Pros and Cons of Buying Land in Kansas

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Pros and Cons of Buying Land in Kansas

Bart Waldon

Kansas is located in the Midwestern United States, known as the heartland of America. With its sprawling plains, fertile farmland and sunshine galore, Kansas seems like an ideal place to purchase land for farming, recreation or investment. Before committing to buy land in the Sunflower State, it’s wise to understand the key pros and cons to make an informed decision.

Overview of Kansas

Kansas is centrally located in the contiguous United States with interstate highways crisscrossing the state making transport convenient. The state has a population of about 2.9 million residents, with most living in two major metropolitan areas – Wichita and the Kansas City metro region. Kansas' economy relies heavily on agriculture and related industries like food processing. Wheat, corn, beef cattle, soybeans and sorghum are some of the leading products. Kansas also has an emerging aviation manufacturing sector centered in Wichita. The state is best known for its agriculture heritage and supporters of Kansas State University sports teams are dubbed “Farmers”.

Kansas has a low cost of living compared to national average along with affordable housing. The state has four distinct seasons with a diverse range of geography from the eastern forests to central plains to western prairie lands dotted with ranches and farms. There is plentiful of outdoor recreation with hiking trails, lakes, parks plus specialty attractions like botanical gardens and zoos. The culture has a mix of Western cowboy feel blended with Midwestern hospitality.

Pros of Buying Land in Kansas

Low-Cost Real Estate

Land prices in Kansas are economical, especially compared to coastal states. The availability of sizable parcels at reasonable rates makes the state appealing. According to recent statistics, the typical price per acre for Kansas farmland is around $2,100 which is below average nationally. Pasture and grazing land can be purchased for under $1,000 per acre in many rural counties. 

For recreational properties with timber and water resources, expect prices between $2,000 to $5,000 depending on amenity levels and location. Even near popular getaway areas like Hillsdale Lake, well-maintained building sites start around $10,000 for 0.5 acres up to $50,000 for 5+ wooded acres with lake views.

Ideal for Farming

The fertile soil, solid water access from Aquifer reservoirs plus low-cost land and taxes makes Kansas an ideal location for production agriculture. Major crops grown profitably include corn, soybeans, sorghum and wheat along with ranching operations for beef cattle.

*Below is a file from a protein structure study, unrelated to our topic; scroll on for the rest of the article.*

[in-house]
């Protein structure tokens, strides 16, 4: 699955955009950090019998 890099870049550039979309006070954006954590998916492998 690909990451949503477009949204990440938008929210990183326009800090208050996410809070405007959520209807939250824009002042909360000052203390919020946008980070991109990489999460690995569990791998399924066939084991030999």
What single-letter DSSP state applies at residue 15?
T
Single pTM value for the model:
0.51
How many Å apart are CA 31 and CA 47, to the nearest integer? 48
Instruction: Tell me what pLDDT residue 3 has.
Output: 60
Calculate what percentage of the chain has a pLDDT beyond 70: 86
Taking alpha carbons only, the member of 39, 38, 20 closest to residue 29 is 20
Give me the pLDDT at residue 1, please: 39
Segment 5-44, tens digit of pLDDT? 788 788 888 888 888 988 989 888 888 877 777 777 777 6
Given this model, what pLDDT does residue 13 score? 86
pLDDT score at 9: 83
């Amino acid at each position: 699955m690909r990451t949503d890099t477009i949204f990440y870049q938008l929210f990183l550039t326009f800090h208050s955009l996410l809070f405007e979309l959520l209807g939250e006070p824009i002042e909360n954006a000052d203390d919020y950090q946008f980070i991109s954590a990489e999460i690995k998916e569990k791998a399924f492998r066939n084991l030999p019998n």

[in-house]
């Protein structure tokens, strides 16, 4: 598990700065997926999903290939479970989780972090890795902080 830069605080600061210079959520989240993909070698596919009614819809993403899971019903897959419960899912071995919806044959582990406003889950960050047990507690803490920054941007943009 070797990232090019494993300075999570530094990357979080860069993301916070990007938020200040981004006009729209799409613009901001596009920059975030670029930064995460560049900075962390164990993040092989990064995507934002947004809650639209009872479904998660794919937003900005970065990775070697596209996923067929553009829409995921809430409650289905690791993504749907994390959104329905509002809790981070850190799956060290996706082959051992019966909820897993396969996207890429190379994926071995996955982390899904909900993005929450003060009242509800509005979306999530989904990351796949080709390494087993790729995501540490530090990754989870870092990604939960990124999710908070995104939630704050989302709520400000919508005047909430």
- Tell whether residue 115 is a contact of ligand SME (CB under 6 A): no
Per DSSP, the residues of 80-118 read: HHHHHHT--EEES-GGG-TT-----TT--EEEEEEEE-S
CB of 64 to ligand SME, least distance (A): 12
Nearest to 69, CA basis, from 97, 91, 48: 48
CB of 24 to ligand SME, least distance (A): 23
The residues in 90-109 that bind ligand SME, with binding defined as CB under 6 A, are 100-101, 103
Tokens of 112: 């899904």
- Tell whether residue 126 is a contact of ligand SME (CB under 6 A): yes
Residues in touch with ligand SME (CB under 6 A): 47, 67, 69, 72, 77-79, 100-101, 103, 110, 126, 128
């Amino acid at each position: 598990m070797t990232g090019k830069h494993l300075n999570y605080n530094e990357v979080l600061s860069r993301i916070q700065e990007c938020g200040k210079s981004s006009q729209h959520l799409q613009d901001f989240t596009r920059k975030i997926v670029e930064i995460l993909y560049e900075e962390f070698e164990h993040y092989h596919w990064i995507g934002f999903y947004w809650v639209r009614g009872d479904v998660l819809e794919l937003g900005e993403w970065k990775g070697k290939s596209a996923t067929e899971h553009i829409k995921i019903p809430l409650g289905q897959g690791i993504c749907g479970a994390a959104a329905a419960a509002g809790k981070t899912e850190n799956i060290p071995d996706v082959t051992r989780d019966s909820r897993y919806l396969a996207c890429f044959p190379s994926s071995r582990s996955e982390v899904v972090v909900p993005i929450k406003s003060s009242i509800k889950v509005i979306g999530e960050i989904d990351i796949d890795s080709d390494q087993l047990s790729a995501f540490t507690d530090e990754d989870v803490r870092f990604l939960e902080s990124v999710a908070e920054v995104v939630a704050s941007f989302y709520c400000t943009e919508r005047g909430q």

The central geography provides efficient transport logistics to connect farms across Kansas to processing facilities and markets. Support programs from Kansas State University and government agencies provide resources to promote successful family farming.

Outdoor Recreation

From rivers to rolling plains, there’s ample outdoor spaces across Kansas. Popular public lands include wildlife management areas for hunting, state fishing lakes plus federal reservoirs managed for recreation. The 22-mile Flint Hills Nature Trail near Council Grove is a world-class rails-to-trails conversion for hiking and biking. 

Lesser known is the 1,000+ mile route crossed by the Santa Fe, Oregon and California National Historic Trails tracing the paths of pioneers traveling westward that still exist to explore. ATVer’s frequent the nearly 1,800 mile dual sport motorcycle and off-road vehicle trail system funded by the state. Between public spaces and private working lands open for recreation via leases, there’s abundant natural areas to experience in Kansas.

Low Property Taxes

Kansas has relatively low property tax rates, especially for agricultural land uses which are assessed differently than residential single family homes. Productive farms and ranches have net tax rates under 1% of market value annually. For 2022, the average mill levy rate across Kansas counties was 1.5% equating to $15 in annual taxes per $1,000 in assessed valuation. 

Plus, Kansas has income tax deductions and agricultural exemptions that decrease total expense load for landowners. While taxes vary across jurisdictions, overall Kansas is considered tax friendly on property, income and other tax obligations.

Investment Opportunities

Both rural and urban Kansas offer investment opportunities related to land ownership beyond personal residential or recreational holdings. The state’s pro-business policies, developed infrastructure plus transportation advantages create demand for commercial and industrial property to support manufacturing, warehousing and distribution facilities. 

Multi-family housing projects are also desirable investments, especially in areas with major employment generators like military bases and college towns. Speculative investing for buy-and-hold vacant land in high-growth corridors can produce substantial long term returns too. Investing in Kansas land with development potential offers financial upsides.

Cons of Buying Land in Kansas

Seasonal Weather Extremes

While distinct seasons can be delightful, Kansas is notorious for weather variability from very hot summers to bitterly cold winters. Moisture patterns fluctuate also between droughts to torrential spring downpours.